Economists Rick van der Ploeg and Willem Vermeend don’t think the basic income, which a number of local councils want to experiment with, is a very good idea.
Long ago, in the 1970s, left-wing parties dreamt of a basic income for everyone: young, old, rich and poor should all get a free, no strings attached, hand-out from the state. The amount would be around the poverty threshold, currently at around €1,000 a month.
According to advocates, a flat income would do away with complicated social security schemes, such as benefits. Many would lead happier lives, their dignity intact. People on benefits would no longer have to suffer the indignities of having to apply for jobs and pesky controls would also be a thing of the past.
Unfortunately for them, the idea was laughed out of parliament by a large majority of politicians. Not only would it be prohibitively expensive, it would also reward laziness, the kind of hammock scheme which would lead to fewer people in work and higher taxes for businesses and workers.
And so the basic income idea – which was never implemented anywhere in the world – was quietly shelved. In the past, right-wing economist Milton Friedman proposed a similar scheme which abolished all benefits via a so-called negative income tax system. This idea, too, was relegated to the bin.
Now the basic income is back. Its adherents never really gave up on the idea and here they are, 40 years on, waging a summer offensive. Over the past few weeks the media, in the middle of the silly season, offered ample coverage to enthusiastic left-wing aldermen in places like Wageningen, Nijmegen, Tilburg, Utrecht, Groningen and Maastricht wanting to experiment with local variations of the basic income in their towns.
Although it is not entirely clear what these experiments entail, the fact is that they constitute an additional, far-reaching adjustment of the present benefit system. Some propose a three-year period of around €1,100 a month for people on benefits (on a voluntary basis). This money will be paid out unconditionally. There is no obligation to apply for jobs. They will receive no further financial support from the council and they will be allowed to earn extra on the side.
Advocates of the scheme say that the fact their extra income will not have a negative effect on their benefits will make people want to work more. Whether this is true we will have to see but if it is, then it would be an obvious case of false competition. People with a free basic income would settle for lower pay and so take jobs from the working people who are in actual fact stumping up the money for this scheme.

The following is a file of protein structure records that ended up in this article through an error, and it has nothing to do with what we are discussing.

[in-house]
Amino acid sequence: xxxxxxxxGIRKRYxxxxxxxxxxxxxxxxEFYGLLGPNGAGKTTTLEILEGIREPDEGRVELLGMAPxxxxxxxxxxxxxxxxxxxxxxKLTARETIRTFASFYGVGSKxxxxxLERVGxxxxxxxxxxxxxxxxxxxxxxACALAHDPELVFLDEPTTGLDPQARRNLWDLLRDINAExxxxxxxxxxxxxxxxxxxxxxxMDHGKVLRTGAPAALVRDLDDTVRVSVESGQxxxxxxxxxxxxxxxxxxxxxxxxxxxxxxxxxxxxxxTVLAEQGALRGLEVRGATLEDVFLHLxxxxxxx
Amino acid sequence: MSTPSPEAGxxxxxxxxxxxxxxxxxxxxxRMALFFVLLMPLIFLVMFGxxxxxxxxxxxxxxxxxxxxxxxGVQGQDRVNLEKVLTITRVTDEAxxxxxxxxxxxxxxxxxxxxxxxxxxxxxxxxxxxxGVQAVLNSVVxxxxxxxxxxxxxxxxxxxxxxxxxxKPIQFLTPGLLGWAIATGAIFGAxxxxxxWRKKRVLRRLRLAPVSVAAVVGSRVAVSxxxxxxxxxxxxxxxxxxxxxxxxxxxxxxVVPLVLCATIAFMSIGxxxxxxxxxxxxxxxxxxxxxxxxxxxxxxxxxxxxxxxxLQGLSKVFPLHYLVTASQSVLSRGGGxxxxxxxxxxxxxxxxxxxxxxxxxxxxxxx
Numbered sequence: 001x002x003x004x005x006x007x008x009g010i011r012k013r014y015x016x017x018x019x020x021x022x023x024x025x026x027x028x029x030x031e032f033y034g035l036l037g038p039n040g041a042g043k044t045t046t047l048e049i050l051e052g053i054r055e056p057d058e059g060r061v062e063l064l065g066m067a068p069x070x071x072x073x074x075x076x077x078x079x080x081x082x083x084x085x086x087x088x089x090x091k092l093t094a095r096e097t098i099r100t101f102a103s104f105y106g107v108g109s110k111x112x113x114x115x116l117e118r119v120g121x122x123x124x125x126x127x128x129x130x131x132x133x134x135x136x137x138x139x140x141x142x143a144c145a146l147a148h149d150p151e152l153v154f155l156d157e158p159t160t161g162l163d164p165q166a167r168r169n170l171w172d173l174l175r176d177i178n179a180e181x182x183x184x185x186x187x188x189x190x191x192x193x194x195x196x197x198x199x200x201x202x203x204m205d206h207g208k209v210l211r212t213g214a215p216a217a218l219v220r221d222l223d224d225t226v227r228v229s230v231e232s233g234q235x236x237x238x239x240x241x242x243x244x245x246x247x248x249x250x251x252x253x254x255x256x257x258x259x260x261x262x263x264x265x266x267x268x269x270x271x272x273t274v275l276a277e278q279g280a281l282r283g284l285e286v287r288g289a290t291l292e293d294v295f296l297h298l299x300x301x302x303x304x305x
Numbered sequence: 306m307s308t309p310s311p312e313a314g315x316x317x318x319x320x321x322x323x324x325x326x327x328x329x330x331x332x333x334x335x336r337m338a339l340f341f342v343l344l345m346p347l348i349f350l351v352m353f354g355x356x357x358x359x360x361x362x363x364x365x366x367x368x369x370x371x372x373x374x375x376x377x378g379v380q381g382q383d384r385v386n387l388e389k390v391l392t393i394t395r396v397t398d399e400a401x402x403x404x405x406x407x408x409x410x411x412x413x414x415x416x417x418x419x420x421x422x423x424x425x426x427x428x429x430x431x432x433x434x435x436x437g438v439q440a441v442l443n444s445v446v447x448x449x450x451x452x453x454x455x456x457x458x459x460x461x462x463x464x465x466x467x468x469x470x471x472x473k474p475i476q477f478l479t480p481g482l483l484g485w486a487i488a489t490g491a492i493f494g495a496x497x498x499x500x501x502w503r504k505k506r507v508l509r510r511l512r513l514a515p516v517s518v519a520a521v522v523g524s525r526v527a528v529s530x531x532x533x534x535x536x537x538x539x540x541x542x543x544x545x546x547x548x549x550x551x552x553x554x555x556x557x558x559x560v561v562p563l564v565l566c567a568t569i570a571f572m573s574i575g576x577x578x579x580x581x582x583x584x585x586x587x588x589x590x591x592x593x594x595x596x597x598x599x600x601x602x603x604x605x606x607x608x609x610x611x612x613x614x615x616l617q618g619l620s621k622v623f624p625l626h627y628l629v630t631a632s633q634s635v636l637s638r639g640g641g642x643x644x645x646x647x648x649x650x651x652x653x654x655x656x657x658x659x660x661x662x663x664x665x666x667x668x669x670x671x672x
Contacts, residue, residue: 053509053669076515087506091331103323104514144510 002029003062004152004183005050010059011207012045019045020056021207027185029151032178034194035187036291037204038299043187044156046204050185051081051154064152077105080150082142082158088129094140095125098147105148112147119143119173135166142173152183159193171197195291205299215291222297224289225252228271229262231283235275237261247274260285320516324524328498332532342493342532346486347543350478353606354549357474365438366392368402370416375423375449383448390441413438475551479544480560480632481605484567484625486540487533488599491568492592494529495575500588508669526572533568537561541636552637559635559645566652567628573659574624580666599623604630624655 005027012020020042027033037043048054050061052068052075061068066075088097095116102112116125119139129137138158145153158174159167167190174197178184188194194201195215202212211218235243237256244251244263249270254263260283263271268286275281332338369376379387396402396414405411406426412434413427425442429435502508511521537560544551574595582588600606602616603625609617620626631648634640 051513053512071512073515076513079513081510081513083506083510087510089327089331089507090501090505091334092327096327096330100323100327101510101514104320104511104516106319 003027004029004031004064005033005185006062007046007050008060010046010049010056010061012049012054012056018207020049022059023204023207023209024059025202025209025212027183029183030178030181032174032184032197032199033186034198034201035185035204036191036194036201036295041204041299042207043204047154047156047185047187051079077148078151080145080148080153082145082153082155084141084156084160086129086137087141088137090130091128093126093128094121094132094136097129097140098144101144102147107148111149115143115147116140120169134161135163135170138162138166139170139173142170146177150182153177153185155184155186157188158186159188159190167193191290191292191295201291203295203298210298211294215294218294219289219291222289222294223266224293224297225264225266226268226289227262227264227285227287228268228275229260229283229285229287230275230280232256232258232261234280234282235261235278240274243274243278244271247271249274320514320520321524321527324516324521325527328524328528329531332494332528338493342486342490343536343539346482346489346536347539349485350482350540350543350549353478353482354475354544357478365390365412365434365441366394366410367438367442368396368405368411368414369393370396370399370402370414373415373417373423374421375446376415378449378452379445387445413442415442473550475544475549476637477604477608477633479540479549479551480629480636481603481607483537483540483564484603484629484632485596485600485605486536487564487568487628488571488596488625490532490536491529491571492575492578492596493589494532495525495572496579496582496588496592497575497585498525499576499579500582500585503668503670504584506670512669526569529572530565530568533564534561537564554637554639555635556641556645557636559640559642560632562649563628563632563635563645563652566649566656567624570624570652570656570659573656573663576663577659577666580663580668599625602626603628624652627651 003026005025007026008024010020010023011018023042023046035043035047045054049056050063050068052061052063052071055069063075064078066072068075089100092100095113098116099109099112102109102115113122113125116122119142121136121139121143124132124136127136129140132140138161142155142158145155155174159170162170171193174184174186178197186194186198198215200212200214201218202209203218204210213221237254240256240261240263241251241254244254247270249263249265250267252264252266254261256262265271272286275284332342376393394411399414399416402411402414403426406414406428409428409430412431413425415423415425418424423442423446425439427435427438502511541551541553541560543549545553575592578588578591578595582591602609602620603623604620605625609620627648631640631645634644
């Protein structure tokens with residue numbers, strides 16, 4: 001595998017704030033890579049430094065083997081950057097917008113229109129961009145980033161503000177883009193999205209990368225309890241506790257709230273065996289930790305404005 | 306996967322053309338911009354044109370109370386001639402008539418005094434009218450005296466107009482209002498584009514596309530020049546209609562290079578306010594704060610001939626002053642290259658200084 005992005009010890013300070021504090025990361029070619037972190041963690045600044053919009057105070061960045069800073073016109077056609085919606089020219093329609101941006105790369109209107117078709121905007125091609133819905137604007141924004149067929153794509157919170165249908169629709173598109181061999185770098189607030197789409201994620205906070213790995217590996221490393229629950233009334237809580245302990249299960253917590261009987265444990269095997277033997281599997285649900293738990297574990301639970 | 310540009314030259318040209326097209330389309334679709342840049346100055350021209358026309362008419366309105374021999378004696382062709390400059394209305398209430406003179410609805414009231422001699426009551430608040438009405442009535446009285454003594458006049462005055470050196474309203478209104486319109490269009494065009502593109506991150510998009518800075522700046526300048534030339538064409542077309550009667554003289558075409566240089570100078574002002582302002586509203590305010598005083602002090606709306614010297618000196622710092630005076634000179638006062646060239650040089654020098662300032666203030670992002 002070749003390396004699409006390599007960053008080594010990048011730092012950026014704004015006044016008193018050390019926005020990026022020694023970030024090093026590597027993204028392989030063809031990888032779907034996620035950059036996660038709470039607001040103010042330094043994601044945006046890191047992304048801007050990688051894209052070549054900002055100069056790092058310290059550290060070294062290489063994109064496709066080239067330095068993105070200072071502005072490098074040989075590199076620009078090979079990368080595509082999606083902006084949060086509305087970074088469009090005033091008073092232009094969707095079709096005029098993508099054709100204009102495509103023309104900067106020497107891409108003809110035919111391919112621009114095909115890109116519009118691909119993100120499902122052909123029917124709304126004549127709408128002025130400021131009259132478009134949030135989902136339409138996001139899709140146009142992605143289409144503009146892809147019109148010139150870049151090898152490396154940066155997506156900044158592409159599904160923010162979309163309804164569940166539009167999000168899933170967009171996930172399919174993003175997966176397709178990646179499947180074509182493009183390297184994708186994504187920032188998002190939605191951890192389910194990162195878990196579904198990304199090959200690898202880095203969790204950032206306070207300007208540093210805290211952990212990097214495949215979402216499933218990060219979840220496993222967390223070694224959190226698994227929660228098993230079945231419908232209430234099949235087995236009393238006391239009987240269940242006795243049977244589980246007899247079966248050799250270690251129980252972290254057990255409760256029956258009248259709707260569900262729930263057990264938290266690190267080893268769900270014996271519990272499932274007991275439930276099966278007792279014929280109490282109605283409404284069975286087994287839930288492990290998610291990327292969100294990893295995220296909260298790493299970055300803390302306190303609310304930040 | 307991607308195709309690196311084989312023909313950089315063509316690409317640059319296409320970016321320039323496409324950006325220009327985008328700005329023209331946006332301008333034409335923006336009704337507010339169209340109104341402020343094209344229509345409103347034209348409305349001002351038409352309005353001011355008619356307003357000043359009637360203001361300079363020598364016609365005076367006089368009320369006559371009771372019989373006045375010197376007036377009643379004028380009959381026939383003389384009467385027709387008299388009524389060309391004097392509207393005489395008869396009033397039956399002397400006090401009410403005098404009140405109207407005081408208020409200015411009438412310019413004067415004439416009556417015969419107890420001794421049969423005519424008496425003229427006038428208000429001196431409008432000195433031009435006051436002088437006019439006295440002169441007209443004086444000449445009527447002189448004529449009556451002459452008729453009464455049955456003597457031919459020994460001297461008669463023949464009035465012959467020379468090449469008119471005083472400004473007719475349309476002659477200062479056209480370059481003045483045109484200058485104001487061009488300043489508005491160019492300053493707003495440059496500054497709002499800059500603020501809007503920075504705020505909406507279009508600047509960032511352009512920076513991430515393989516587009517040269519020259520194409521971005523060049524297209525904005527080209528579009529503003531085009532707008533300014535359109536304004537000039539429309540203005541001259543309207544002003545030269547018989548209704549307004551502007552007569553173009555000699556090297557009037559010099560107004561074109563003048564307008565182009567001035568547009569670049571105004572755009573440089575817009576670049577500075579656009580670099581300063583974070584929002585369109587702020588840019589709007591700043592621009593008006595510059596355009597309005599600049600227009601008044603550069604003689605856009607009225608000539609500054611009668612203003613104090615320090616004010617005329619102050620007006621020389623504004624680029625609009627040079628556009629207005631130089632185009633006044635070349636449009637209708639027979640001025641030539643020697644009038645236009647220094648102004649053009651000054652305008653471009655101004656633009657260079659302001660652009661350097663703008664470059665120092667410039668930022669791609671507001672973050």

The lack of any controls surrounding the scheme would also promote the black economy.
The experiments are in complete contradiction to the incentive-led social security policy the present cabinet is trying to achieve. For this reason alone the government should put a stop to these silly season schemes sooner rather than later. Surely local councils have better ways of spending their money.
The tenacity of basic income adherents is astounding. They now want to impose it via the local councils. Any argument against this pie in the sky scheme is regarded as right-wing nonsense. They also claim that detractors of the scheme have a jaundiced view of humanity and that those economists who say the sums don’t add up belong to the classic (the right-wing) school of economy. But they forget that not only the left and the right of the political centre are against a basic income, the SP is as well. The socialists rightly fear that doling out free money will cause serious cracks in our current social security system.
It is to be expected that the basic income will resurface in the election programmes of some parties in 2017. GroenLinks is almost certain to make it a campaign issue. In order to save those in favour from having to do the sums, we have done them for them. The CPB, in an earlier report, has already concluded that a basic income of half the social minimum (around €750 a month) will lead to job losses of around 350,000.
A simple sum also shows that a basic income of €1,100 per month for every Dutch citizen would cost around €200bn. Minus the benefits which adherents of the scheme say can then be abolished, the cost will be much lower, around the €75bn mark. In order to cough up this money a significant hike in taxes will be necessary. Economist Raymond Gradus in his article for Mejudice put it at a staggering 25%.
The adherents of the scheme don’t agree with these ‘right-wing’ figures. They think the positive effects will do much to bring down the final cost. Based on unproven and tenuous assumptions, they think many more people will return to work and that many billions will be saved on bureaucracy, care and policing.
And people will be happier, they claim. That is as maybe, but adherents of the scheme must surely agree that those who have to foot the tax bill for all this free money will feel less than elated.
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